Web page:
The financial impact of recent events means that many of us are having to make difficult decisions. This week I was chatting to a friend who has built up a service business, yet now he is spending real money on overheads with no immediate prospect of income. Another friend is trying to decide if it is wise to go ahead with a house purchase – he and his wife love the house, but is the price now too high and is his income secure enough to take on the mortgage?
This got me thinking about the way people make decisions. And, in particular, how can we avoid making the poor decisions… and make the right decisions more often?
I recalled this Harvard Business Review article from a while back: “Why good leaders make bad decisions.” The authors looked at 83 decision which, with hindsight, they were able to classify as bad – either based on error or having adverse consequences or both.
The paper suggests that when confronted with any situation we firstly rely on pattern recognition to ‘remind’ us of any similar situations we have previously experienced. Secondly, we are influenced by subconscious emotional tagging which may bias our reactions and our responses. The problem here is that we often unconsciously process a situation without proper analysis. Our pattern recognition may seize on similarities, yet miss subtleties or even significant differences between our current situation and some previous situation. Similarly, our emotional tagging can introduce misplaced confidence, or even emotions that may bias us away from some interpretation or to avoid certain actions.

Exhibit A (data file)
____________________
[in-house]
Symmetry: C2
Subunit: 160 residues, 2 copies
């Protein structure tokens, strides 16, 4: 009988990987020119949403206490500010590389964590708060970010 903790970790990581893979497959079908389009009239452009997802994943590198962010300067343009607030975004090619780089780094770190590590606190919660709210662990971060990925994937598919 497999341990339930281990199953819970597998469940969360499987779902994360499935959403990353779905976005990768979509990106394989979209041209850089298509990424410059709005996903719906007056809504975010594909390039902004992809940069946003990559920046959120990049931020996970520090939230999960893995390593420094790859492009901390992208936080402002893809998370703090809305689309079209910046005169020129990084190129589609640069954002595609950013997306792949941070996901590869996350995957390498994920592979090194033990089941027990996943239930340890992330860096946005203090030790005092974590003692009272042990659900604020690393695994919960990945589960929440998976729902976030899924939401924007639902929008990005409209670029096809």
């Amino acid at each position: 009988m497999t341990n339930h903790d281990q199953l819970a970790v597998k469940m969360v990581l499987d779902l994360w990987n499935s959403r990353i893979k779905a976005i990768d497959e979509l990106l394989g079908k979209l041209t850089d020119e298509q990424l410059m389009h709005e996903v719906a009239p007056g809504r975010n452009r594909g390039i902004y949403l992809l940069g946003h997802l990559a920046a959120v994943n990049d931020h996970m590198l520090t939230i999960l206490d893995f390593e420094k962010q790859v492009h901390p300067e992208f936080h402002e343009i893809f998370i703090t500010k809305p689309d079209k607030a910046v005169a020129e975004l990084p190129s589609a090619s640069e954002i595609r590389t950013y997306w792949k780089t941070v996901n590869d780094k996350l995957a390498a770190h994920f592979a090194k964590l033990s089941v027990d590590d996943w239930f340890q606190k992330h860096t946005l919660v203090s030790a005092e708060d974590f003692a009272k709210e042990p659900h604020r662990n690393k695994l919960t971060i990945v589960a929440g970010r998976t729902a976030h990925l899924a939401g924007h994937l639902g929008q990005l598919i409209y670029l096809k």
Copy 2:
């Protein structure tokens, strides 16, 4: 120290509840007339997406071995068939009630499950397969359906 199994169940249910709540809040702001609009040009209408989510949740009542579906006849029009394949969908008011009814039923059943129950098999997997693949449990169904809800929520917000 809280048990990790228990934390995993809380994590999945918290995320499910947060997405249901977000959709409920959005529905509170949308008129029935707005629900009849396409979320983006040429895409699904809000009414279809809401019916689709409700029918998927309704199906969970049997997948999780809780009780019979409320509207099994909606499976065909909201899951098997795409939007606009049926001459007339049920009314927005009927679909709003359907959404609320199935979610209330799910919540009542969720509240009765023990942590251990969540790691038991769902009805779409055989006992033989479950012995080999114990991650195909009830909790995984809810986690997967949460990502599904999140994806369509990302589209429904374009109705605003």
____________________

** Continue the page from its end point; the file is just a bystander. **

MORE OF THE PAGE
The authors highlight three ‘red flags’ which, if present, can lead to misleading pattern recognition and unhelpful or erroneous emotional tagging, conscious or unconscious –
- The presence of self-interest, attachments to things ideas, bonuses etc.
- Presence of distorting attachments – people, places, processes, structures – in which we have invested time, effort… hope (dreams) and even our personal reputation. We don’t want to make decisions that is detrimental to these attachments or represent a retreat.
- Misleading memories – these can quickly cause is to skip over details or differences (and memories are often not accurate), or we may attach emotions to these recollection that increases their influence upon us.
I would add that we all have biases… confirmations bias, or even cognitive dissonance when the facts start diverging – so we must always be wary of any tendency to be biased.
The article suggests working with someone who does not have the attachments or previous experiences or to go through the situation and out analysis objectively.
Yet I would go further.
When a crisis strikes, people often expect leaders to demonstrate confidence and a clear route out of the situation. Yet this can cause leader to feel pressured to make snap decisions. A leader should resist kneejerk interpretations and responses – by remaining aware and curious – without rushing to judge. This can be difficult, as people expect a leader to act decisively… and it will take self-confidence to say “Hold on – we need to look this a little more.”